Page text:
The doo wop era of the 1950s and 60s produced many groups such as The Counts, comprised of five Indianapolis teens. Robert “Chico” Penick was one of them.
While 16-and 17-year-olds, The Counts signed with a recording company and their first recording, “Darling Dear,” made it to No. 6 in the nation on the Billboard R&B chart.
“We had a lot of fun. We performed in many places, including the Apollo Theater in New York,” said Penick. “We were in a show with Roy Hamilton and once we performed with Count Basie Orchestra backing us up.”
Penick said they met as members of the Crispus Attucks High School choir. They began practicing at each other’s homes and called themselves the 5 Diamonds. Soon they were performing for school and community events.
The members were Chester Brown (tenor lead), Robert Wesley (second tenor) Robert Young (baritone and the writer of their songs), James Lee (bass) and Penick (first tenor). They remained together for more than 40 years.
Their big break came when they impressed someone while singing at a dance at the Madam Walker Theater on Indiana Avenue, an area known nationally for quality live entertainment.
They were introduced to Mel Herman, who operated a distribution company in Indianapolis. Herman became their manager and he introduced the group to Randy Wood, who owned Dot Records based in Gallatin, Tennessee.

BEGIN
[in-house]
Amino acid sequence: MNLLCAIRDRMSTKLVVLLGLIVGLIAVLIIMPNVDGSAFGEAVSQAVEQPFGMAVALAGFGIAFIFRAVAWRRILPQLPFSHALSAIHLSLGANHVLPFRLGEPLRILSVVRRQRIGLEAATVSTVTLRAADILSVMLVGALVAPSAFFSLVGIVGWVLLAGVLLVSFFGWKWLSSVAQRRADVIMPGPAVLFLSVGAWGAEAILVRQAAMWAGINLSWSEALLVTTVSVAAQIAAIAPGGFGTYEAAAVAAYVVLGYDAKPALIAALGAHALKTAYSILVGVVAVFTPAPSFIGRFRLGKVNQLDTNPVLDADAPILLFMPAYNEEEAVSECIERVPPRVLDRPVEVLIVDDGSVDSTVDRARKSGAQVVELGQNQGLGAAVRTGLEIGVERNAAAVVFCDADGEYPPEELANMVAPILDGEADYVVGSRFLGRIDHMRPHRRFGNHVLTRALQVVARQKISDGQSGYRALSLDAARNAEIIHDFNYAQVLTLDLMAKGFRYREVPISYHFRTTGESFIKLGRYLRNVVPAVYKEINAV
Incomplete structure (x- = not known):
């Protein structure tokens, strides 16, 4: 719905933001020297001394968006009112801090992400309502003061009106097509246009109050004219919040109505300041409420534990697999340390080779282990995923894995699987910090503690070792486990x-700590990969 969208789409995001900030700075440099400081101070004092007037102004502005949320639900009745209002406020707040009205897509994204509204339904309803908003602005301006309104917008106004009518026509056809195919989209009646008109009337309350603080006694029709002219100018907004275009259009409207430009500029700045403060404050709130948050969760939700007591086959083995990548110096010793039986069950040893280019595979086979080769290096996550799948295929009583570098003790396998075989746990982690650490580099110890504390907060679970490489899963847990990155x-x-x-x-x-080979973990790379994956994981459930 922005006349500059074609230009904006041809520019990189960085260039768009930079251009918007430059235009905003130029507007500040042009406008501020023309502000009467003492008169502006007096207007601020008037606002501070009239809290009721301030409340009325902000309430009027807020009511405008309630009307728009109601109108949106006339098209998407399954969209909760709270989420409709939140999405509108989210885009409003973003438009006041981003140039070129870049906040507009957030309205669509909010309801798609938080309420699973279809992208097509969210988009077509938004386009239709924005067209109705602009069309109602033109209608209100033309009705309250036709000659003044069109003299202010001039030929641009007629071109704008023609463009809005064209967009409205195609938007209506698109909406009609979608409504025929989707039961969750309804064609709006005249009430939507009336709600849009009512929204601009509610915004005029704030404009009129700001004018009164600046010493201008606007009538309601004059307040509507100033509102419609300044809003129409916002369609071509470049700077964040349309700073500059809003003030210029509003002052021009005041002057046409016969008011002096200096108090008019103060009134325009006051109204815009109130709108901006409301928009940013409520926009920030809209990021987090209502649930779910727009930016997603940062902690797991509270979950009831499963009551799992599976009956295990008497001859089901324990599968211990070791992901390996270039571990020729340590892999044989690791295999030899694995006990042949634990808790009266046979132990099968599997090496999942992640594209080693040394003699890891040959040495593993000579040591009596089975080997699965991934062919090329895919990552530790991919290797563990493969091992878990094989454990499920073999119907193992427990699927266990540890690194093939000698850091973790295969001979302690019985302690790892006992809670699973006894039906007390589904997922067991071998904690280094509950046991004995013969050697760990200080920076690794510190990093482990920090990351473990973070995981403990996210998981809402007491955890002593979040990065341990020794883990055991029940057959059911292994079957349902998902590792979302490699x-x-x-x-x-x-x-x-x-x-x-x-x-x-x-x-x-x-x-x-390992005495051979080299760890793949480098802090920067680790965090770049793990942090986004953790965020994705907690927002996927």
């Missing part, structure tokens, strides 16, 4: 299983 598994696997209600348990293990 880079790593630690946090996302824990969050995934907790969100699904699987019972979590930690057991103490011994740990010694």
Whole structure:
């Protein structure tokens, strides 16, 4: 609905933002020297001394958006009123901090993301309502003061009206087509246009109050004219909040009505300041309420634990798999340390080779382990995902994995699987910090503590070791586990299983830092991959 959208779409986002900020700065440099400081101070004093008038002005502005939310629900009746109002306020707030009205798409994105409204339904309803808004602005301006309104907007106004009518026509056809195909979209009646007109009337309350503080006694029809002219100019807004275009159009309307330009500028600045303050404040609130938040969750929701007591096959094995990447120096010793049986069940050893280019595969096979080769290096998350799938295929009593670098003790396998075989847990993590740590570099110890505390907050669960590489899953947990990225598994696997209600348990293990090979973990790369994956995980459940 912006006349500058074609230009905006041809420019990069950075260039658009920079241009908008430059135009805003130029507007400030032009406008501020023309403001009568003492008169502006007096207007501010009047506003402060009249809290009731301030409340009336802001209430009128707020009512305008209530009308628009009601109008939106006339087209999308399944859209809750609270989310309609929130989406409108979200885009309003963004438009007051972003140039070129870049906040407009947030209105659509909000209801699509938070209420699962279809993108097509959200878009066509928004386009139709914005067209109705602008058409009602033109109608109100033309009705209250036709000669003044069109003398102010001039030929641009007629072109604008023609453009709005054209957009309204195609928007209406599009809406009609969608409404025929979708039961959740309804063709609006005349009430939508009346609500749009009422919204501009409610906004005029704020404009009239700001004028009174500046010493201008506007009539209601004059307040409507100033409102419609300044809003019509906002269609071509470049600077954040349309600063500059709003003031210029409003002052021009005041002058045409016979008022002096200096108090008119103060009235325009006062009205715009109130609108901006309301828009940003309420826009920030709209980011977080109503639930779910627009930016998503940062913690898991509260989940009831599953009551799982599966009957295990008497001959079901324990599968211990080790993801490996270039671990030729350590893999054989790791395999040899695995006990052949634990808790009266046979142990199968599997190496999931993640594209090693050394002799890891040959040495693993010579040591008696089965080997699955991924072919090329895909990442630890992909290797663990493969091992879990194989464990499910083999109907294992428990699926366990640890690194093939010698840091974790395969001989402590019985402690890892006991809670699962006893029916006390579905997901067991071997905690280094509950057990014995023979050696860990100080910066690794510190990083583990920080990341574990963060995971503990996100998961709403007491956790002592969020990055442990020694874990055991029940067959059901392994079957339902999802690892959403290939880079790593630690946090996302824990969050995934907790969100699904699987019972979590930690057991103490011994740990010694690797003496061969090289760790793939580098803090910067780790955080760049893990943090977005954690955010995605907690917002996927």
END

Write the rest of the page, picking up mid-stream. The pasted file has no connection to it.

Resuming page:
Penick said most of their recording work was done in someone’s garage or Wilkins Studio in Indianapolis. The Jimmy Coe Band, another popular local group, played for their recordings.
Like many young groups of that era, The Counts trusted their recording company and unknowingly relinquished rights to their music, said Penick. They would later learn that the authorship of one of their songs was wrongly credited to their manager’s 2-year-old son and another song was wrongly credited to the group’s road manager. The actual writer was The Count’s Robert Young, said Penick.
“The music business is crooked. There were probably a lot of groups that made hits and didn’t get paid anything,” said Penick. “We hired lawyers and sent them to California, but we never heard a thing,” said Penick.
Wood sold Dot Records in 1957 for $3 million to Paramount Pictures and it was later sold to ABC. The company recorded well known artists such as Pat Boone, Eddie Fisher, Liberace, The Andrews Sisters and Louis Armstrong.
Penick said he has no regrets. He grew up on Indianapolis’ Westside on Bright Street with his parents and four brothers, including one who was also a musician. He attended School 4. At Crispus Attucks, he played trombone and was drum major for the band.
“I just loved music,” he said.
Penick said his brother, Bill, who is a saxophonist, was his inspiration. Bill has played with a number of prominent local entertainers, including Mary Moss and the Hampton Brothers.
Penick said he never married but has a son, Ramon. He worked at Imperial Packing, an Indianapolis company which made record jackets for RCA, Columbia, Epic and other recording companies.
Penick said he still loves music. Unfortunately, The Counts never made a dime from the sale of their recordings. The only money they were paid was $150 apiece for each live performance, Penick said.
Copies of their songs are still distributed. Today, Penick is 80 years old and still performs for residents at American Village where he lives.
“Music has been my life.”